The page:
Webster flees the Music City to pursue … a career in music
Traditionally, people move to Nashville to pursue a career in music.
Faye Webster did quite the opposite, leaving Nashville's Belmont University, where she initially enrolled in the songwriting program before transferring to photography and graphic design early in her academic career, for her hometown of Atlanta.
“It just hit me one day in songwriting class. I was like, ‘What am I doing? These people can't help me. You can't do anything with the songwriting degree,'” said Webster, who opens for Stella Donnelly at Ace of Cups on Wednesday, March 27. “I think Belmont's a great school … but the city of Nashville, I couldn't stand it. It's just not diverse at all, and it was very unappealing to me. So that's why I dropped out and came home.”
Once home, Webster connected with the hip-hop oddballs at Awful Records, which released Webster's self-titled 2017 sophomore album, a record deeply rooted in the country and western Webster grew up absorbing via her dad's record collection. In addition to the occasional musical collaboration — Awful rapper Father appears on Webster's forthcoming album, Atlanta Millionaires Club, out May 24 on Secretly Canadian — Atlanta's booming hip-hop scene also proved fertile ground for the musician's burgeoning photography career, allowing her to capture colorful portraits of artists such as Killer Mike, Migos' Offset and middle school pal Lil Yachty, among others.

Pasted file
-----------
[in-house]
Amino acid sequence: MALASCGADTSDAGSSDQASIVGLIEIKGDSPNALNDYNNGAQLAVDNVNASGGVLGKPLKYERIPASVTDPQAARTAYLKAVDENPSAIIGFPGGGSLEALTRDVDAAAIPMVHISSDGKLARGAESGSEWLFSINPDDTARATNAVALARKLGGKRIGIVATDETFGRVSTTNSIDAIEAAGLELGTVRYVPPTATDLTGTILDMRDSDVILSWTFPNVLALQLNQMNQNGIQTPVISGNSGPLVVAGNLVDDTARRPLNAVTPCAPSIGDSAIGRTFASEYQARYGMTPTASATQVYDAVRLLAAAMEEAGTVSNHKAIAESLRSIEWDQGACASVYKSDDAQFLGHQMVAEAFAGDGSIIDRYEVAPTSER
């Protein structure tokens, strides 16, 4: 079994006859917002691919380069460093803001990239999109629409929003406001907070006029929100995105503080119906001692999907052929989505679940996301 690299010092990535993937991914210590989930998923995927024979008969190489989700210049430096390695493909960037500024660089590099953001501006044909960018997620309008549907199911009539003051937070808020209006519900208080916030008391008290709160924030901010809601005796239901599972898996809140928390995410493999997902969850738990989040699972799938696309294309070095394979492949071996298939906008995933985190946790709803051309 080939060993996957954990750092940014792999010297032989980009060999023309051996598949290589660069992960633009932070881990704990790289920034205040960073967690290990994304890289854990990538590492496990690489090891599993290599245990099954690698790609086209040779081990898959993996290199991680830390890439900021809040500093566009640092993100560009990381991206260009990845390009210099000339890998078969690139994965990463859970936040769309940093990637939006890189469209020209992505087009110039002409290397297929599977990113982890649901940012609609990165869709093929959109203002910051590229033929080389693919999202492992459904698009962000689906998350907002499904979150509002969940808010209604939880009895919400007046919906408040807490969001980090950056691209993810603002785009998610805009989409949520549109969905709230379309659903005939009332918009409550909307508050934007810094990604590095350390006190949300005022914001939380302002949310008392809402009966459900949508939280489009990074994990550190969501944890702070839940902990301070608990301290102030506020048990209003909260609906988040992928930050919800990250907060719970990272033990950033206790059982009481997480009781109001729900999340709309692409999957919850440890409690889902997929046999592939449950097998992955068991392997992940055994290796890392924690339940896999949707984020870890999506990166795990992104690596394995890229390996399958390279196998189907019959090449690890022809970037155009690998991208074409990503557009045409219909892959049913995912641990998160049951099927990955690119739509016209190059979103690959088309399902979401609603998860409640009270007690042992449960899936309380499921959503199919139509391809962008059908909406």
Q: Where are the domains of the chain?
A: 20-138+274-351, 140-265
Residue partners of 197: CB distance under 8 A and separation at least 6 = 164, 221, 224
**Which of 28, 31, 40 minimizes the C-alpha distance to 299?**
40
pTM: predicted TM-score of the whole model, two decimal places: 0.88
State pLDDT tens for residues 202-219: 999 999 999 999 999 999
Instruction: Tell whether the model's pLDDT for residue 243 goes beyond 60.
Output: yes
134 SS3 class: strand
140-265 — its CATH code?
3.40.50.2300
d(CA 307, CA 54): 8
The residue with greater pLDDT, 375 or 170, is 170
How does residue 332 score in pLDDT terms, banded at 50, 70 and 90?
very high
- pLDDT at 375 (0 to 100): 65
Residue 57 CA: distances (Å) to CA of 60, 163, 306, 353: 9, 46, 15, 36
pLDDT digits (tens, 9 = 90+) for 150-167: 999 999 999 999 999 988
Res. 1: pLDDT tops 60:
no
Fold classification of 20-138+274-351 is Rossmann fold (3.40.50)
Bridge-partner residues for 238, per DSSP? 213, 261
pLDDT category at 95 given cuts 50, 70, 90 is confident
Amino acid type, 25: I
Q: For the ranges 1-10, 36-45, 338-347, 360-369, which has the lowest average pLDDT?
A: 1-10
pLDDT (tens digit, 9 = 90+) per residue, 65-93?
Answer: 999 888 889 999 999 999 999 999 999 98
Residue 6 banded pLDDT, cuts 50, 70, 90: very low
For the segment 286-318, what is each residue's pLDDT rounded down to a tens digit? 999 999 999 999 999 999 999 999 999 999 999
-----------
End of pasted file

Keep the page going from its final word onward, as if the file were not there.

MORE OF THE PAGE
Early in her music career, Webster said she was merely emulating the sounds of her youth, particularly on her debut, which she recorded as a young teenager. “I was playing all these shows and my dad was like, ‘You have no music to sell!'” she said. “I think I was just guilt-tripped into making that first record. It was definitely just a reflection of what I grew up on.”
But Webster said Millionaires Club is more reflective of who she is now, her direct lyrics tackling heartbreak with humor intact. Witness the swooning, pedal steel-kissed “Johnny,” where Webster envisions an ex hearing the song and subsequently being crushed by it.
“Everybody writes about heartbreak, which is what I write about, but I try to do it in a way that's meaningful, or that people can relate to,” Webster said. “I'm trying to be very honest.”
She's also not afraid to flaunt every facet of her musical personality these days, even venturing into hip-hop on the trippy “Flowers” courtesy a guest verse from friend and mentor Father.
“I wasn't really worried [it would jar listeners] because I try to just like make my art with pride and shamelessly, so, to me, that was just an homage to Awful and Father, who helped me start my career,” Webster said. “Some people are going to hate that song, but for some people it's going to be the secret sauce. And I think that's what that song is for, and I love having it on there.”